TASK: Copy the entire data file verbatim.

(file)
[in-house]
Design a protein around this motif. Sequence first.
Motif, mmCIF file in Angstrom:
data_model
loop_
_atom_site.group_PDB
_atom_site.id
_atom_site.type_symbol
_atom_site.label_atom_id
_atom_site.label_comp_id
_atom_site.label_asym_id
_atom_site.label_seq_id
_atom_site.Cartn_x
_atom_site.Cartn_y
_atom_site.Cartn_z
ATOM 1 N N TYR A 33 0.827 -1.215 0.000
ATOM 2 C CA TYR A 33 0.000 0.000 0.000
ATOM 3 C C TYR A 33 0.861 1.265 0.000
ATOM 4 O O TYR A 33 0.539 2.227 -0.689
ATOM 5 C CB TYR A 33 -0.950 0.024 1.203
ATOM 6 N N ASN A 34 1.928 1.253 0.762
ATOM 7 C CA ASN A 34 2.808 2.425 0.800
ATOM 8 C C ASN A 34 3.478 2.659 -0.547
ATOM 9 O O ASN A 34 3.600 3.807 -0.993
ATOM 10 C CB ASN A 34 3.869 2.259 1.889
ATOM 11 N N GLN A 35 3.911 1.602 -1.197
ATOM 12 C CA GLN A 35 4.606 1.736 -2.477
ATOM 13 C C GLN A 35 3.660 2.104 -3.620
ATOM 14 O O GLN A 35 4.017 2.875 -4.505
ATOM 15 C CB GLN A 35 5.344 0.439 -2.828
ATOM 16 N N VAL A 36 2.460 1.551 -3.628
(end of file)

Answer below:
[in-house]
Design a protein around this motif. Sequence first.
Motif, mmCIF file in Angstrom:
data_model
loop_
_atom_site.group_PDB
_atom_site.id
_atom_site.type_symbol
_atom_site.label_atom_id
_atom_site.label_comp_id
_atom_site.label_asym_id
_atom_site.label_seq_id
_atom_site.Cartn_x
_atom_site.Cartn_y
_atom_site.Cartn_z
ATOM 1 N N TYR A 33 0.827 -1.215 0.000
ATOM 2 C CA TYR A 33 0.000 0.000 0.000
ATOM 3 C C TYR A 33 0.861 1.265 0.000
ATOM 4 O O TYR A 33 0.539 2.227 -0.689
ATOM 5 C CB TYR A 33 -0.950 0.024 1.203
ATOM 6 N N ASN A 34 1.928 1.253 0.762
ATOM 7 C CA ASN A 34 2.808 2.425 0.800
ATOM 8 C C ASN A 34 3.478 2.659 -0.547
ATOM 9 O O ASN A 34 3.600 3.807 -0.993
ATOM 10 C CB ASN A 34 3.869 2.259 1.889
ATOM 11 N N GLN A 35 3.911 1.602 -1.197
ATOM 12 C CA GLN A 35 4.606 1.736 -2.477
ATOM 13 C C GLN A 35 3.660 2.104 -3.620
ATOM 14 O O GLN A 35 4.017 2.875 -4.505
ATOM 15 C CB GLN A 35 5.344 0.439 -2.828
ATOM 16 N N VAL A 36 2.460 1.551 -3.628